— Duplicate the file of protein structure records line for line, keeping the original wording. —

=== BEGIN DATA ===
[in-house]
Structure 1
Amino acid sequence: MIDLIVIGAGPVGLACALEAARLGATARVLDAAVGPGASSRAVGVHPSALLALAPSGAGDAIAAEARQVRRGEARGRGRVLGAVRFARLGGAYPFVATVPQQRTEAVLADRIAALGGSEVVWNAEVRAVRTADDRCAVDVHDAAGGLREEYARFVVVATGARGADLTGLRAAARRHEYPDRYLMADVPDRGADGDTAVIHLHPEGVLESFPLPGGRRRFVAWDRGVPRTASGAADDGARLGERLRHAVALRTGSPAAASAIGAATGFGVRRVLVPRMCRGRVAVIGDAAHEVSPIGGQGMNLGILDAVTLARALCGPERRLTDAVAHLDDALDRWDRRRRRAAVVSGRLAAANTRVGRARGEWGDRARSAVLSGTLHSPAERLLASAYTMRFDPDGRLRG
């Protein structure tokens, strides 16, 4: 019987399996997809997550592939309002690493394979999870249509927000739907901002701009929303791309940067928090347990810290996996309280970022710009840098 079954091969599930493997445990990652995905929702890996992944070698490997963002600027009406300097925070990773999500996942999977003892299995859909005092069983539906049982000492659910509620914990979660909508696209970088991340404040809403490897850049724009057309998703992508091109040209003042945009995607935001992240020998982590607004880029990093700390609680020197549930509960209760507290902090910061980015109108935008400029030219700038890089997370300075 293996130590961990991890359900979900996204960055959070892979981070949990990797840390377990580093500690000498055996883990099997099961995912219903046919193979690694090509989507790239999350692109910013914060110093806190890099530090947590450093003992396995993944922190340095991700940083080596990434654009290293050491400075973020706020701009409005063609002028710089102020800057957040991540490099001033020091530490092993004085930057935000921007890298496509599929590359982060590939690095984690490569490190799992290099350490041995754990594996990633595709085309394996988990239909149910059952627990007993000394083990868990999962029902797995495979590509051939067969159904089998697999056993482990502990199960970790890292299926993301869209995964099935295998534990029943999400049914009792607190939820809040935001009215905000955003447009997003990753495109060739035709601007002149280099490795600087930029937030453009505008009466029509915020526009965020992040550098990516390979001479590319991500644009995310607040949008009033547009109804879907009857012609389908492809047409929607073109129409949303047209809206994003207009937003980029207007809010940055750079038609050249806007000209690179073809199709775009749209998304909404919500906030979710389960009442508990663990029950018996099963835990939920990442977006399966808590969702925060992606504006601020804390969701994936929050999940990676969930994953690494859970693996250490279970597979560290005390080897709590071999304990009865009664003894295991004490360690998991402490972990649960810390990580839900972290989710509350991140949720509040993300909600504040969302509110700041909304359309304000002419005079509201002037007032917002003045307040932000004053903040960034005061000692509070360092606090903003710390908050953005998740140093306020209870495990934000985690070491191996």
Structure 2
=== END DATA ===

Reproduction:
[in-house]
Structure 1
Amino acid sequence: MIDLIVIGAGPVGLACALEAARLGATARVLDAAVGPGASSRAVGVHPSALLALAPSGAGDAIAAEARQVRRGEARGRGRVLGAVRFARLGGAYPFVATVPQQRTEAVLADRIAALGGSEVVWNAEVRAVRTADDRCAVDVHDAAGGLREEYARFVVVATGARGADLTGLRAAARRHEYPDRYLMADVPDRGADGDTAVIHLHPEGVLESFPLPGGRRRFVAWDRGVPRTASGAADDGARLGERLRHAVALRTGSPAAASAIGAATGFGVRRVLVPRMCRGRVAVIGDAAHEVSPIGGQGMNLGILDAVTLARALCGPERRLTDAVAHLDDALDRWDRRRRRAAVVSGRLAAANTRVGRARGEWGDRARSAVLSGTLHSPAERLLASAYTMRFDPDGRLRG
């Protein structure tokens, strides 16, 4: 019987399996997809997550592939309002690493394979999870249509927000739907901002701009929303791309940067928090347990810290996996309280970022710009840098 079954091969599930493997445990990652995905929702890996992944070698490997963002600027009406300097925070990773999500996942999977003892299995859909005092069983539906049982000492659910509620914990979660909508696209970088991340404040809403490897850049724009057309998703992508091109040209003042945009995607935001992240020998982590607004880029990093700390609680020197549930509960209760507290902090910061980015109108935008400029030219700038890089997370300075 293996130590961990991890359900979900996204960055959070892979981070949990990797840390377990580093500690000498055996883990099997099961995912219903046919193979690694090509989507790239999350692109910013914060110093806190890099530090947590450093003992396995993944922190340095991700940083080596990434654009290293050491400075973020706020701009409005063609002028710089102020800057957040991540490099001033020091530490092993004085930057935000921007890298496509599929590359982060590939690095984690490569490190799992290099350490041995754990594996990633595709085309394996988990239909149910059952627990007993000394083990868990999962029902797995495979590509051939067969159904089998697999056993482990502990199960970790890292299926993301869209995964099935295998534990029943999400049914009792607190939820809040935001009215905000955003447009997003990753495109060739035709601007002149280099490795600087930029937030453009505008009466029509915020526009965020992040550098990516390979001479590319991500644009995310607040949008009033547009109804879907009857012609389908492809047409929607073109129409949303047209809206994003207009937003980029207007809010940055750079038609050249806007000209690179073809199709775009749209998304909404919500906030979710389960009442508990663990029950018996099963835990939920990442977006399966808590969702925060992606504006601020804390969701994936929050999940990676969930994953690494859970693996250490279970597979560290005390080897709590071999304990009865009664003894295991004490360690998991402490972990649960810390990580839900972290989710509350991140949720509040993300909600504040969302509110700041909304359309304000002419005079509201002037007032917002003045307040932000004053903040960034005061000692509070360092606090903003710390908050953005998740140093306020209870495990934000985690070491191996």
Structure 2